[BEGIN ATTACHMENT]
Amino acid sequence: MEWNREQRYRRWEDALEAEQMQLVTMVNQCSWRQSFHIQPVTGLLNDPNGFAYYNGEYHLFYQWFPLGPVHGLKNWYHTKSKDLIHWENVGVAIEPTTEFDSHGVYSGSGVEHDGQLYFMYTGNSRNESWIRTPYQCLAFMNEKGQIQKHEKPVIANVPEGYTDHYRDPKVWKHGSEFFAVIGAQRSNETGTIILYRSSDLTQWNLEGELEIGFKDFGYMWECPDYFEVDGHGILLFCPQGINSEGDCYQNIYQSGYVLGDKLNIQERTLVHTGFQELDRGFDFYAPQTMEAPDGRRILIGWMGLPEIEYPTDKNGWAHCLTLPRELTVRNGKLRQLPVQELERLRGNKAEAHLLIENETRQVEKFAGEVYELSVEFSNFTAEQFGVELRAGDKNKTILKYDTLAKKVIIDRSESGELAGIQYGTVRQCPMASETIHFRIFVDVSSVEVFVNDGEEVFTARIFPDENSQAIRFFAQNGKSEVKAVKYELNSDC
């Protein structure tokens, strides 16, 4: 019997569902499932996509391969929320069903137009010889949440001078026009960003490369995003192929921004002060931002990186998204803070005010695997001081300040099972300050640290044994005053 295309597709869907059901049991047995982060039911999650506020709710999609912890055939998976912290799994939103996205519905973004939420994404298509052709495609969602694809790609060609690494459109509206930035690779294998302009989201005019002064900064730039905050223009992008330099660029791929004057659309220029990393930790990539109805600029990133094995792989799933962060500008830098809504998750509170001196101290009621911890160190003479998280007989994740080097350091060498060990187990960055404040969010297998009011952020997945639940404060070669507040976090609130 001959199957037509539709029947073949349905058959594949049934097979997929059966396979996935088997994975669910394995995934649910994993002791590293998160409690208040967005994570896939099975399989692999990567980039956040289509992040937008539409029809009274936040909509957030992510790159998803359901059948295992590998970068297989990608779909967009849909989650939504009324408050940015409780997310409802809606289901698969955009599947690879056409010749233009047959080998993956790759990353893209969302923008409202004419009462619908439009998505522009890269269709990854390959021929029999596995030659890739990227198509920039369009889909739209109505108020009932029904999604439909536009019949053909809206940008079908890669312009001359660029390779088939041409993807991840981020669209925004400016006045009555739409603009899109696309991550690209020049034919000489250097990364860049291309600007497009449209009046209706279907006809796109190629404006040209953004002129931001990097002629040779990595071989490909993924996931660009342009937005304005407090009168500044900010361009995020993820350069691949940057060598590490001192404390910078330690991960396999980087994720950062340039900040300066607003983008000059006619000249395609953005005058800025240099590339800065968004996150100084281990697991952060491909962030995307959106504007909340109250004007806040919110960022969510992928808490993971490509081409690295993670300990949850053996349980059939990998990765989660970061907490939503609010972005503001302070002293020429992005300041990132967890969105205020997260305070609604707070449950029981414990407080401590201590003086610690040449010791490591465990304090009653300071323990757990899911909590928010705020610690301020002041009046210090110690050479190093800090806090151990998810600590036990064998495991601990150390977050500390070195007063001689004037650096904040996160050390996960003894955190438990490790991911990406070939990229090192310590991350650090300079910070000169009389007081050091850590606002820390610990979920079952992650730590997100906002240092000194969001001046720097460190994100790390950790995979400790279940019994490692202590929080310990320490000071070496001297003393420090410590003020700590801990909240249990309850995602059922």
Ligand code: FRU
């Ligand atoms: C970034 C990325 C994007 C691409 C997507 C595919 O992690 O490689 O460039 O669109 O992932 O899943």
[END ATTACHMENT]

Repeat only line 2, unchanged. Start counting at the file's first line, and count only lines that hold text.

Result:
């Protein structure tokens, strides 16, 4: 019997569902499932996509391969929320069903137009010889949440001078026009960003490369995003192929921004002060931002990186998204803070005010695997001081300040099972300050640290044994005053 295309597709869907059901049991047995982060039911999650506020709710999609912890055939998976912290799994939103996205519905973004939420994404298509052709495609969602694809790609060609690494459109509206930035690779294998302009989201005019002064900064730039905050223009992008330099660029791929004057659309220029990393930790990539109805600029990133094995792989799933962060500008830098809504998750509170001196101290009621911890160190003479998280007989994740080097350091060498060990187990960055404040969010297998009011952020997945639940404060070669507040976090609130 001959199957037509539709029947073949349905058959594949049934097979997929059966396979996935088997994975669910394995995934649910994993002791590293998160409690208040967005994570896939099975399989692999990567980039956040289509992040937008539409029809009274936040909509957030992510790159998803359901059948295992590998970068297989990608779909967009849909989650939504009324408050940015409780997310409802809606289901698969955009599947690879056409010749233009047959080998993956790759990353893209969302923008409202004419009462619908439009998505522009890269269709990854390959021929029999596995030659890739990227198509920039369009889909739209109505108020009932029904999604439909536009019949053909809206940008079908890669312009001359660029390779088939041409993807991840981020669209925004400016006045009555739409603009899109696309991550690209020049034919000489250097990364860049291309600007497009449209009046209706279907006809796109190629404006040209953004002129931001990097002629040779990595071989490909993924996931660009342009937005304005407090009168500044900010361009995020993820350069691949940057060598590490001192404390910078330690991960396999980087994720950062340039900040300066607003983008000059006619000249395609953005005058800025240099590339800065968004996150100084281990697991952060491909962030995307959106504007909340109250004007806040919110960022969510992928808490993971490509081409690295993670300990949850053996349980059939990998990765989660970061907490939503609010972005503001302070002293020429992005300041990132967890969105205020997260305070609604707070449950029981414990407080401590201590003086610690040449010791490591465990304090009653300071323990757990899911909590928010705020610690301020002041009046210090110690050479190093800090806090151990998810600590036990064998495991601990150390977050500390070195007063001689004037650096904040996160050390996960003894955190438990490790991911990406070939990229090192310590991350650090300079910070000169009389007081050091850590606002820390610990979920079952992650730590997100906002240092000194969001001046720097460190994100790390950790995979400790279940019994490692202590929080310990320490000071070496001297003393420090410590003020700590801990909240249990309850995602059922």